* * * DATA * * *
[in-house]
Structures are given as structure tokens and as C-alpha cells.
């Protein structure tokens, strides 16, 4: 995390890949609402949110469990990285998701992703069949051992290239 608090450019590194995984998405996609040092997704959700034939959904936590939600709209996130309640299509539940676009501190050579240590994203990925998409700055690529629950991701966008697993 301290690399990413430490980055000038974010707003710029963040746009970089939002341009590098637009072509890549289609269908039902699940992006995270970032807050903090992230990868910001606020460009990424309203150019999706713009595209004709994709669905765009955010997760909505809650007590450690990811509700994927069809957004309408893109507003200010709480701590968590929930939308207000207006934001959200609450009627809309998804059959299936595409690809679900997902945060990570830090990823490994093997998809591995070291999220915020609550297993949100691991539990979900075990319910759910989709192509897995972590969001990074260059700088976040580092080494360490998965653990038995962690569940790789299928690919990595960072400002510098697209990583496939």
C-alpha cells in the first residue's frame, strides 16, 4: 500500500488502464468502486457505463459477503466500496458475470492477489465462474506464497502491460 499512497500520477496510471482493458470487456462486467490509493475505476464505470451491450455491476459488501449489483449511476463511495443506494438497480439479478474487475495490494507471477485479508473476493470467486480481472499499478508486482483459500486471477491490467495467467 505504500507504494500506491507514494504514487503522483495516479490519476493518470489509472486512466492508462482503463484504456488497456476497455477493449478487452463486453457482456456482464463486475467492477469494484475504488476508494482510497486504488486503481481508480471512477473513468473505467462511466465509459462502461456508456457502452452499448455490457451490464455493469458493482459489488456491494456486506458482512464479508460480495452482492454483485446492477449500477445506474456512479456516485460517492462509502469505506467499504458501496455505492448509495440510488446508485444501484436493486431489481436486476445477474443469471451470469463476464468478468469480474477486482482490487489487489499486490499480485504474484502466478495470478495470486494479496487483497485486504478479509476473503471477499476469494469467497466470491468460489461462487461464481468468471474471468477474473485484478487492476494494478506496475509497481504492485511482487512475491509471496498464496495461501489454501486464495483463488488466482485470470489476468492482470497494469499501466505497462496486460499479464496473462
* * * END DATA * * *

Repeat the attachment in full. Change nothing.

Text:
[in-house]
Structures are given as structure tokens and as C-alpha cells.
């Protein structure tokens, strides 16, 4: 995390890949609402949110469990990285998701992703069949051992290239 608090450019590194995984998405996609040092997704959700034939959904936590939600709209996130309640299509539940676009501190050579240590994203990925998409700055690529629950991701966008697993 301290690399990413430490980055000038974010707003710029963040746009970089939002341009590098637009072509890549289609269908039902699940992006995270970032807050903090992230990868910001606020460009990424309203150019999706713009595209004709994709669905765009955010997760909505809650007590450690990811509700994927069809957004309408893109507003200010709480701590968590929930939308207000207006934001959200609450009627809309998804059959299936595409690809679900997902945060990570830090990823490994093997998809591995070291999220915020609550297993949100691991539990979900075990319910759910989709192509897995972590969001990074260059700088976040580092080494360490998965653990038995962690569940790789299928690919990595960072400002510098697209990583496939």
C-alpha cells in the first residue's frame, strides 16, 4: 500500500488502464468502486457505463459477503466500496458475470492477489465462474506464497502491460 499512497500520477496510471482493458470487456462486467490509493475505476464505470451491450455491476459488501449489483449511476463511495443506494438497480439479478474487475495490494507471477485479508473476493470467486480481472499499478508486482483459500486471477491490467495467467 505504500507504494500506491507514494504514487503522483495516479490519476493518470489509472486512466492508462482503463484504456488497456476497455477493449478487452463486453457482456456482464463486475467492477469494484475504488476508494482510497486504488486503481481508480471512477473513468473505467462511466465509459462502461456508456457502452452499448455490457451490464455493469458493482459489488456491494456486506458482512464479508460480495452482492454483485446492477449500477445506474456512479456516485460517492462509502469505506467499504458501496455505492448509495440510488446508485444501484436493486431489481436486476445477474443469471451470469463476464468478468469480474477486482482490487489487489499486490499480485504474484502466478495470478495470486494479496487483497485486504478479509476473503471477499476469494469467497466470491468460489461462487461464481468468471474471468477474473485484478487492476494494478506496475509497481504492485511482487512475491509471496498464496495461501489454501486464495483463488488466482485470470489476468492482470497494469499501466505497462496486460499479464496473462